Sometimes the Sutherland Institute has a good point, as in its latest missive. Paul Mero begins by extolling the virtues of Sutherland’s independent voice, based only on its core principles. He can say what he wants without fear of reprisal. This is all good. But then he says he just wishes the Count My Vote supporters would “be honest about their motives. Just say it—moderate Republicans are tired of being out of power in office and certain Utahns would like to assume that power.” He sends you to CountMyVoteUtah.org to prove his point. Maybe he’s right that the caucus system isn’t at fault for poor voter turnout. But he rants about CMV’s exclusionary claim, pitting civic against voter participation. The problem with this is that many civic-minded voters do not attend caucuses because they can’t stand the loud and bitter dialogue that characterizes the fringe. That’s today’s politics, and why more voters count themselves out.
Government sometimes is an exercise in futility. Just look at what’s happening with the Affordable Care Act: No law goes unchanged, and no battle ever ends. On a more local level, take a look at the township of Millcreek. In November 2012, a supermajority of voters thought they’d snuffed out the idea of incorporation. But wait. Now, some residents have started a petition to annex to Holladay—and this time, there would be no vote. A majority of landowners would have to sign a petition, activating another feasibility study by Salt Lake County. There are only 800 signatures of 5,000 qualified voters, but it’s enough to kick in the study, which opponents say will cost $120,000 just to prepare. Just goes to show: Never say never.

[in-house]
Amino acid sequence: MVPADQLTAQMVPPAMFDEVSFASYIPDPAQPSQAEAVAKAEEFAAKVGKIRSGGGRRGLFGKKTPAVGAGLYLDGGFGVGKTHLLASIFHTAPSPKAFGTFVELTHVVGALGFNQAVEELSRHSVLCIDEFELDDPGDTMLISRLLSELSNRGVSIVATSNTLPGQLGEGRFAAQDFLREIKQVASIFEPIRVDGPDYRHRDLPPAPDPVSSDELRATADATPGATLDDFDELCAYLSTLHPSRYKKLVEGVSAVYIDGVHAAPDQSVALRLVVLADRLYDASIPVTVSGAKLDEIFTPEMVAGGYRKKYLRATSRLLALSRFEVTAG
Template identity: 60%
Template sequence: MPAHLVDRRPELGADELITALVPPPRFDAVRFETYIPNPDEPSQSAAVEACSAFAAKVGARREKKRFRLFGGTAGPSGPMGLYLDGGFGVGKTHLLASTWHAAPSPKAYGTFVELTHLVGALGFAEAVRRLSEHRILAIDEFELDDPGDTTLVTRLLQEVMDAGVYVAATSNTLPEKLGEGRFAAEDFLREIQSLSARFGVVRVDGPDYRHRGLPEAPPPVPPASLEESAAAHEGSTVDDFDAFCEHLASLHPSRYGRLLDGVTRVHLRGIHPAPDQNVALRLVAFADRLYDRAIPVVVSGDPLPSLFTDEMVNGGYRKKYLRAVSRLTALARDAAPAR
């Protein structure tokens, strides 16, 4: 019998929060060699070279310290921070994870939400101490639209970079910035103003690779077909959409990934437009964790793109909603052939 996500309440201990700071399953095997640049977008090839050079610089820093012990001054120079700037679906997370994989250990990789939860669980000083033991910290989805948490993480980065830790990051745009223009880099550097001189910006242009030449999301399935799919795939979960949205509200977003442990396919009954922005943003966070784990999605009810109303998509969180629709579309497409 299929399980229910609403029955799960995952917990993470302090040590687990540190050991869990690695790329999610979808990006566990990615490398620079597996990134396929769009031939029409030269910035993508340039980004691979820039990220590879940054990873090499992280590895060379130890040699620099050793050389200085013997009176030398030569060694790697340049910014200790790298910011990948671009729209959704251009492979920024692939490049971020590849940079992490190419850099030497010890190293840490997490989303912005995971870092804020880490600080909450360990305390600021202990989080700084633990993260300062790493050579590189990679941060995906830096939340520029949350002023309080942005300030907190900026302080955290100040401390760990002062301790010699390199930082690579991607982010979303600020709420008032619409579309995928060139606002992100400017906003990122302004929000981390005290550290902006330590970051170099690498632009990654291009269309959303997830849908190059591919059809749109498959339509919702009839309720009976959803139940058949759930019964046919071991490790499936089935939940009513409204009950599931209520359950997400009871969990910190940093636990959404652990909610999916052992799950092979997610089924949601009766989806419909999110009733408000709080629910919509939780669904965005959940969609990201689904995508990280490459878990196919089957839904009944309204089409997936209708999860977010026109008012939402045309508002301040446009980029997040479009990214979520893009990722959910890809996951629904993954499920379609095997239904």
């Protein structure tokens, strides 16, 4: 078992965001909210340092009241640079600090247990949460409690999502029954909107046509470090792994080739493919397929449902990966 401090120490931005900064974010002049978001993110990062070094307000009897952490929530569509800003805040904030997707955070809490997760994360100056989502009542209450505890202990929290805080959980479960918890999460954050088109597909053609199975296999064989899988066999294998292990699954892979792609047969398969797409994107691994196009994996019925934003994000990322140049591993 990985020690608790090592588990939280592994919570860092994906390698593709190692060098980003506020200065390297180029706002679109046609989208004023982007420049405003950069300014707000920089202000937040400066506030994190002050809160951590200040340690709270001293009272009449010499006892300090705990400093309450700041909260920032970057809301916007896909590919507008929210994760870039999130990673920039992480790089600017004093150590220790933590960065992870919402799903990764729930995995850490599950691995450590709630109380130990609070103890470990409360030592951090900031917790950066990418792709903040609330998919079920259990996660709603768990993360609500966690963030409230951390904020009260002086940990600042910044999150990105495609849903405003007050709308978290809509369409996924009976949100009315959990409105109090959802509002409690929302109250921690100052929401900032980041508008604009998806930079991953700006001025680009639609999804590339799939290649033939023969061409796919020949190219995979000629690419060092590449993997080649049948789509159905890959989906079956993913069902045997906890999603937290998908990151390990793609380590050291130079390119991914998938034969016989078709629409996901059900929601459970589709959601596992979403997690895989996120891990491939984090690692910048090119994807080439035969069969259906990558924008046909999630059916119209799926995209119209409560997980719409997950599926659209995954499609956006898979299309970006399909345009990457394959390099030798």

Utahns probably won’t know for a couple of months whether a nuclear-power plant on the Green River is a go. But at least the issue is getting a provocative and public airing before a 7th District judge in Price. Intuitively, you’d think that a nuclear-power plant sucking 53,600 acre feet of water from the Green—in a desert area that’s ecologically fragile—would be a bad idea. But Blue Castle Holdings convinced the state engineer, Kent Jones, that they’ll just be pumping it back in, all clean and slick—no problem. Nevermind that they have only a fraction of the finances needed, and no assurances that Rocky Mountain Power would even be interested in buying the power. Blue Castle keeps marching on. There must be a pot of gold at the end of this nuclear rainbow.